Congestion games and existence of pure Nash equilibria.
Reading: Sections 2.1, 2.2 from lecture notes
- Lecture 3 (Tue 8.11) Price of Anarchy (PoA) and
Stability (PoS). PoA upper and lower bounds for linear congestion
games. Reading: Section 2.3 (up to Theorem 2.4) from lecture notes
- A nice web article
from the American Mathematical Society on the PoA, and a blog post.
- The seminal paper of
Koutsoupias & Papadimitriou, that introduced the PoA notion.
- The classic paper
of Christodoulou & Koutsoupias for the PoA on atomic congestion
games with affine costs.
- Lecture 4 (Tue 15.11) Equilibrium refinement
and PoS upper bounds for polynomial congestion games. Computation of
equilibria in congestion games. Better-response dynamics.
Reading: Sections 2.3 (starting from Theorem 2.5), 2.4.1 and 2.4.2 from
- The study of the PoS in congestion games was initiated by Anshelevich et
- As we briefly mentioned in class, the PoA of atomic games with
polynomial cost functions, grows exponentially with respect to the
maximum degree d of the polynomial. For
exact PoA bound analysis with respect to d see this
- Lecture 5 (Tue 22.11) Fast convergence of
better-response dynamics in singleton games. Approximate equilibria.
FPTAS for approximate PNE in symmetric congestion games.
Reading: Sections 2.4.3 – 2.4.4 from lecture notes
- The fast-convergence result for singleton games we saw in class is
from Ieong et
- The fast-convergence result of (1+\varepsilon)-improving dynamics to
approximate PNE we analyzed in class is due to Chien &
- Lecture 6 (Tue 29.11) Poly-time computation of
(exact) PNE in symmetric network games.
Reading: Section 2.4.5 from lecture
- Lecture 7 (Tue 06.12) Local search problems and
the complexity class PLS. PLS-completeness of computing PNE.
Reading: Section 3 from lecture
- Lecture 8 (Tue 13.12) Mixed Nash equilibria in
bimatrix games. Von Neumann’s Minimax Theorem. Existence/computability
of NE for zero-sum games. Reading: Sections 4.1-4.2 from lecture notes
- The Minimax Theorem is due to the great John von Neumann: if you
know German, you can read his original paper;
for an english translation.
- A follow-up, alternative proof can be found in the seminal book of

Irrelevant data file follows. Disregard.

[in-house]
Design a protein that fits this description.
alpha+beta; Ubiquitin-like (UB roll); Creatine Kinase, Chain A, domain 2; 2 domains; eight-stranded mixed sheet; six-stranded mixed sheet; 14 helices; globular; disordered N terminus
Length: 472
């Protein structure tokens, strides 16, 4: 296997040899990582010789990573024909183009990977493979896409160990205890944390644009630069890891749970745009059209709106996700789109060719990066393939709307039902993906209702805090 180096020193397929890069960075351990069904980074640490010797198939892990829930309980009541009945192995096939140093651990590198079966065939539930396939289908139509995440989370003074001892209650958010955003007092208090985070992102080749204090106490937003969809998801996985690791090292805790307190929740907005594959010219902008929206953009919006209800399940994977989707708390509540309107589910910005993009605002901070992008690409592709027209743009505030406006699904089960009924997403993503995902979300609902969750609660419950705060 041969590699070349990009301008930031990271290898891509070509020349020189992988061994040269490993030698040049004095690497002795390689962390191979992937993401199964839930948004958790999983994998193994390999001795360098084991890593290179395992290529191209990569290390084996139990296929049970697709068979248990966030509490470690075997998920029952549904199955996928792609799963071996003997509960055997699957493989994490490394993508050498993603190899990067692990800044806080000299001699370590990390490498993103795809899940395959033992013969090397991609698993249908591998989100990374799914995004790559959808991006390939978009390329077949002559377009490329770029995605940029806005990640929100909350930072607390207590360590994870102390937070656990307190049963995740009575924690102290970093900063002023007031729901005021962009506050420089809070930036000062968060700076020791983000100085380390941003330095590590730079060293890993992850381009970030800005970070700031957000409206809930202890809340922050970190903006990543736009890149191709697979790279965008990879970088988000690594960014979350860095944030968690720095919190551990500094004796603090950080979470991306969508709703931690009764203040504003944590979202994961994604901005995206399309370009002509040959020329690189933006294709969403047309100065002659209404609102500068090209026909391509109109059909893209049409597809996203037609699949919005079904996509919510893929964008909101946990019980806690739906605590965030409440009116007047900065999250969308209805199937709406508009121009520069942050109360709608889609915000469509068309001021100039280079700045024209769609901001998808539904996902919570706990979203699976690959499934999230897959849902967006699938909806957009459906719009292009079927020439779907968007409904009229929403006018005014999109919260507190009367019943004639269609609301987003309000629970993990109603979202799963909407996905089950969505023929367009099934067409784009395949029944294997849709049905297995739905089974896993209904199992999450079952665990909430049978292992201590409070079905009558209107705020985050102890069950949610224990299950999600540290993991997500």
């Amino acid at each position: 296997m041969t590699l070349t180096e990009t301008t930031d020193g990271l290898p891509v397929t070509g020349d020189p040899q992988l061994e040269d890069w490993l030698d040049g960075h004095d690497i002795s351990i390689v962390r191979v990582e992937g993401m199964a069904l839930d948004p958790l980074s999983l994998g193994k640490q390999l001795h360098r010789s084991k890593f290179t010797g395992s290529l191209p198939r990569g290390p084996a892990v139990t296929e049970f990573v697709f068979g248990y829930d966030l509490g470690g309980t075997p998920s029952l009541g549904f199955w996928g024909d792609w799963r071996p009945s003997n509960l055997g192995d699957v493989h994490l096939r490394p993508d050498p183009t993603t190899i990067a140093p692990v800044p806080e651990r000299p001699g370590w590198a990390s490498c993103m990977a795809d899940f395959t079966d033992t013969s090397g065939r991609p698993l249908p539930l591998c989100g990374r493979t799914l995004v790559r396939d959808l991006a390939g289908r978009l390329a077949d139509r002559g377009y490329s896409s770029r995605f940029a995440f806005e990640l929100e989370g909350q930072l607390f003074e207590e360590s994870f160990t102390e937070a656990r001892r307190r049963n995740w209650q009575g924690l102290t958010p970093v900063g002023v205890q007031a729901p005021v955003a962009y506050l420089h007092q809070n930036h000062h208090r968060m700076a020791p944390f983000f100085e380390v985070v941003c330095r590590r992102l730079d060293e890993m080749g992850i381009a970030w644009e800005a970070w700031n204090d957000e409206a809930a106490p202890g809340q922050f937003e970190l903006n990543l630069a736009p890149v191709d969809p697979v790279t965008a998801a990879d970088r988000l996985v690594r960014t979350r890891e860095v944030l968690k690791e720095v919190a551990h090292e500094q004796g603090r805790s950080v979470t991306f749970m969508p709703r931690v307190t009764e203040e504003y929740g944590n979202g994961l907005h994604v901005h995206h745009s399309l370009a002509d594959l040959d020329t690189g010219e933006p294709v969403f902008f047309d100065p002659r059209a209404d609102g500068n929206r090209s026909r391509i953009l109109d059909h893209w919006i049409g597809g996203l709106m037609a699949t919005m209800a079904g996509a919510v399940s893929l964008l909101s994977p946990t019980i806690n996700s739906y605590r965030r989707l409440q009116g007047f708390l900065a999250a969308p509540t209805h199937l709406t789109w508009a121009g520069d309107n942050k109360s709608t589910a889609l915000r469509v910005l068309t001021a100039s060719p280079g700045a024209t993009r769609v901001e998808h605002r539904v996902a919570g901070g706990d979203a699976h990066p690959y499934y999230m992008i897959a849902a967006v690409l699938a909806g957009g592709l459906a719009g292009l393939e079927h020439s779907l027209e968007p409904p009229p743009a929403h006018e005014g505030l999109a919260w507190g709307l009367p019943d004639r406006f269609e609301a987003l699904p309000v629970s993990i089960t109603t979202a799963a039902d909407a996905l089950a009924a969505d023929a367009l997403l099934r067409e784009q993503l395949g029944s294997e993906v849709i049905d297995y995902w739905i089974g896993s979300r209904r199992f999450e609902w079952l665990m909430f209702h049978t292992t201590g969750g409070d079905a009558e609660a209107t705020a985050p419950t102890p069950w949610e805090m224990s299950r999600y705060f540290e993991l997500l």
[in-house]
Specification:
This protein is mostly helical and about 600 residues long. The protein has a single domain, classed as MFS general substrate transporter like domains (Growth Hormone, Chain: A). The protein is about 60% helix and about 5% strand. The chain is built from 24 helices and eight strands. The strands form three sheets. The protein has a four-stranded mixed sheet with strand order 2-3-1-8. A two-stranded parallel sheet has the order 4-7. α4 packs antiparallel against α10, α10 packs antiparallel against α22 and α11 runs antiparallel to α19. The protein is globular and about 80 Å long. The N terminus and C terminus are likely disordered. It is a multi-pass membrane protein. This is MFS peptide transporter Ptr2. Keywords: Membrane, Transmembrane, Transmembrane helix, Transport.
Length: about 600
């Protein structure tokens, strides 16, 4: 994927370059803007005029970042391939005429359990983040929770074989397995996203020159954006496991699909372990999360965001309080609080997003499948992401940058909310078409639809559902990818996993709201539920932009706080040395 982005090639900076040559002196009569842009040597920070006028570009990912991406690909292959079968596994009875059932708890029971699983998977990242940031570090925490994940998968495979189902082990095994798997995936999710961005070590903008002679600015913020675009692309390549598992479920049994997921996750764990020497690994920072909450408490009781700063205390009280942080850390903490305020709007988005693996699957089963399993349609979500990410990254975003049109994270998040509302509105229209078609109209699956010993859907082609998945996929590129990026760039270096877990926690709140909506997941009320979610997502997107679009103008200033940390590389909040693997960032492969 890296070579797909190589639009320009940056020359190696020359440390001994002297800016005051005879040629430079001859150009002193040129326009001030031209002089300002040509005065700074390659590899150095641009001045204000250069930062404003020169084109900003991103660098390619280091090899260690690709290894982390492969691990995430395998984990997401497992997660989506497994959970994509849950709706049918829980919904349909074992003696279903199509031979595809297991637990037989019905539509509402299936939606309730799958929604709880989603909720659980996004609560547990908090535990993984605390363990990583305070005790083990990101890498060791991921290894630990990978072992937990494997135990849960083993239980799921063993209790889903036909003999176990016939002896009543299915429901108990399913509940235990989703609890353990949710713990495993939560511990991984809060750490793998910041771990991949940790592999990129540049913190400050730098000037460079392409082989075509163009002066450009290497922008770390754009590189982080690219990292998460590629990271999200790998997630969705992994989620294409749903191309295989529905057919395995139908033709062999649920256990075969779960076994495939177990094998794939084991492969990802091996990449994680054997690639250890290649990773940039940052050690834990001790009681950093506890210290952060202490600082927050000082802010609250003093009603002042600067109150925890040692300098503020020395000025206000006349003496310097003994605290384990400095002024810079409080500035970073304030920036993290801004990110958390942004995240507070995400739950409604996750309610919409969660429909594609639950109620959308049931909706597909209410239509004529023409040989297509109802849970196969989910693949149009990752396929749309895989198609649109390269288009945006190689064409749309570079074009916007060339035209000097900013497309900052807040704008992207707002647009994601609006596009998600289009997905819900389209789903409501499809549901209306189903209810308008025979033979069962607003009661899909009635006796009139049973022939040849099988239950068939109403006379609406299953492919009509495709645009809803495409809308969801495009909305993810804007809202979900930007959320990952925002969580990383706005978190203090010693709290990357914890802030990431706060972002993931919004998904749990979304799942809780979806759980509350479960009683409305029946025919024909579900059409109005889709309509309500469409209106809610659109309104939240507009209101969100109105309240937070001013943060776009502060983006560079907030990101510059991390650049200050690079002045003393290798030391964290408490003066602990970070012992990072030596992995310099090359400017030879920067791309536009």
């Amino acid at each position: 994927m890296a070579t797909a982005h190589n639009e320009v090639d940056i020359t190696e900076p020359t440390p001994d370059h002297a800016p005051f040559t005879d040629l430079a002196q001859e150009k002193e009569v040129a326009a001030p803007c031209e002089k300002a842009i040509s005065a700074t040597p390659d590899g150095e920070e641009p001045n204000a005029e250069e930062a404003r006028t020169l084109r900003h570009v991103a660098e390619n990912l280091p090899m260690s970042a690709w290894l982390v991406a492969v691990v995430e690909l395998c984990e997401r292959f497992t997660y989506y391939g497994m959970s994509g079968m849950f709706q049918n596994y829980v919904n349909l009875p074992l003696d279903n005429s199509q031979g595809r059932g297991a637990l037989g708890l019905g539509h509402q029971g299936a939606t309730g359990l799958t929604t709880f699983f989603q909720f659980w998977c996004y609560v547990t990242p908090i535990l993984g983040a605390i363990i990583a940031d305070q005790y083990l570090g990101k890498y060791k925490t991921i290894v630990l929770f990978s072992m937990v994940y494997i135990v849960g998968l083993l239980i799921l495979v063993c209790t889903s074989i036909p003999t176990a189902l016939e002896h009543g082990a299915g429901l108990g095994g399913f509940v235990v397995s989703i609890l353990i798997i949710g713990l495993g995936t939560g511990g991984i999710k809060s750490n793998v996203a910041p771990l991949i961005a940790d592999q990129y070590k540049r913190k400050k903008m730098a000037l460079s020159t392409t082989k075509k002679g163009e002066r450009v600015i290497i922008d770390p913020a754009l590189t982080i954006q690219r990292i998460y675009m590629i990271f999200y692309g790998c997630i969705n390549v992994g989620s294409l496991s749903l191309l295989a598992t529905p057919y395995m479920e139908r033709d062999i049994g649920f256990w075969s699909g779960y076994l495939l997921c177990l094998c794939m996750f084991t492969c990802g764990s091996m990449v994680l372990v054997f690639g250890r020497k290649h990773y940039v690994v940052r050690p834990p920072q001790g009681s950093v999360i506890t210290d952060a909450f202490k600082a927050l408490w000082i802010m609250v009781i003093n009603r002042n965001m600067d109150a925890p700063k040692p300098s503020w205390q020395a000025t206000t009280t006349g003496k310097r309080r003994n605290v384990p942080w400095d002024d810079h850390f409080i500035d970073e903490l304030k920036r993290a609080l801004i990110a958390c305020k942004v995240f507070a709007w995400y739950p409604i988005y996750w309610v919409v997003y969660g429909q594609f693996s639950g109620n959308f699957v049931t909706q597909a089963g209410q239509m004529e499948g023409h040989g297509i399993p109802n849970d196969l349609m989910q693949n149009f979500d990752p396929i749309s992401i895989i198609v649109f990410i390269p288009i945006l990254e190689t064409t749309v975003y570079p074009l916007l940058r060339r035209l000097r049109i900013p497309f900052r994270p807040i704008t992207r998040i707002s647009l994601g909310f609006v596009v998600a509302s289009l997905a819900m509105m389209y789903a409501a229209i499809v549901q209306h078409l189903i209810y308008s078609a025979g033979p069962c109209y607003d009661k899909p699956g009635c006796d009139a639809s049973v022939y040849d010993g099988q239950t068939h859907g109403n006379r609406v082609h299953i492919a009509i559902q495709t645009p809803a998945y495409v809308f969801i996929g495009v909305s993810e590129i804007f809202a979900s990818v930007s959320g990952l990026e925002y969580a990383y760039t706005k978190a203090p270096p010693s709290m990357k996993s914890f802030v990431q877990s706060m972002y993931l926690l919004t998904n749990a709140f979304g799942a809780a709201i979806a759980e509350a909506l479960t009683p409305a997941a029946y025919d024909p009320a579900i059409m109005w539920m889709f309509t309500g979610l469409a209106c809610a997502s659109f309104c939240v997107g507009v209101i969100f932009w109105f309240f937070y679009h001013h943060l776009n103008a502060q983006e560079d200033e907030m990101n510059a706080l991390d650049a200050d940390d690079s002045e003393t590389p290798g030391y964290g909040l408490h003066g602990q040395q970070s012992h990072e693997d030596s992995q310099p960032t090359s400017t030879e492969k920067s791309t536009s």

von Neumann & O. Morgenstern (which is considered the founding work
of the entire field of Game Theory). This proof already has a strong
duality/Farkas Lemma flavour.
- The proof we presented in class is essentially a “modern”
interpretation of the aforementioned proof from the book of von Neumann
& Morgenstern, through the lens of linear programming duality. This
connection was made explicit by the works of Gale, Kuhn & Tucker,
and Dantzig; see Chapters XIX and XXX from these
- For an interesting historical discussion of the technical aspects of
von Neumann’s various proofs of the Minimax Theorem, see this paper.
- For an exciting, first-hand discussion about events related to the
birth of linear programming theory and its connections with the
developments of duality and the theory of zero-sum games, see this
wonderful report from
George Dantzig (of the Simplex method) himself.
- Lecture 9 (Tue 20.12) Fictitious play.
Convergence of FP for zero-sum games and Karlin’s conjecture. Proof of
Nash’s theorem. Reading: Section 4.3 – 4.4 from lecture notes
- You can read more about the Julia Robinson here and here.
She is well-known for her contributions to Hilbert’s tenth problem; a
related documentary film can be found here.
- Although (the weak version of) Karlin’s conjecture is still open, it
was recently proven to hold for the special case of diagonal matrices
and lexicographic tie-breaking by Abernethy, Lai &
- Fictitious play converges for many other important classes of games,
beyond zero-sum, including potential and general
2\times n bimatrix games.
- Interesting continuous and stochastic variants of FP exist. See,
e.g., the textbook
of Fudenberg & Levine.
- The conception of the mixed equilibrium notion (in general games)
and the original proof of Nash’s Theorem is, of course, due to John
Nash: he first published a (single-page!) proof (via
fixed-point theorem) and then a follow-up paper (where Brouwer’s
fixed-point theorem is used).
- The proof of Nash’s theorem we showed in class (via Brouwer’s
fixed-point theorem) is due to John
- For a generalization of Nash’s theorem to infinite games,
see the paper of
- Lecture 10 (Tue 10.01) (Coarse) correlated
Reading: Section 5.1 from lecture
- The CE notion was introduced by Robert Aumann in these 1974 and 1987 papers.
- Coarse correlated equilibria where introduced by Moulin & Vial
(although the actual term was coined later by Peyton
- For the computational complexity of finding (and optimizing over) CE
see the paper by
Papadimitriou & Roughgarden.
- A blog post
- Lectures 11 (Tue 17.01) Online decision making,
regret minimization. No-regret algorithms.
Reading: Section 5.2, without Section 5.2.1, from lecture notes
- For an extensive overview of online learning (and its interplay with
game equilibria), see the book
of Cesa-Bianchi & Lugosi and Chapter 4 of [AGT] by Blum &
- Lecture 12 (Tue 24.01) The
multiplicative-weights-update (MWU) method.
Reading: Section 5.2.1 from lecture
- The development of the MWU method is attributed to the seminal
“Weighted Majority” paper
of Littlestone and Warmuth.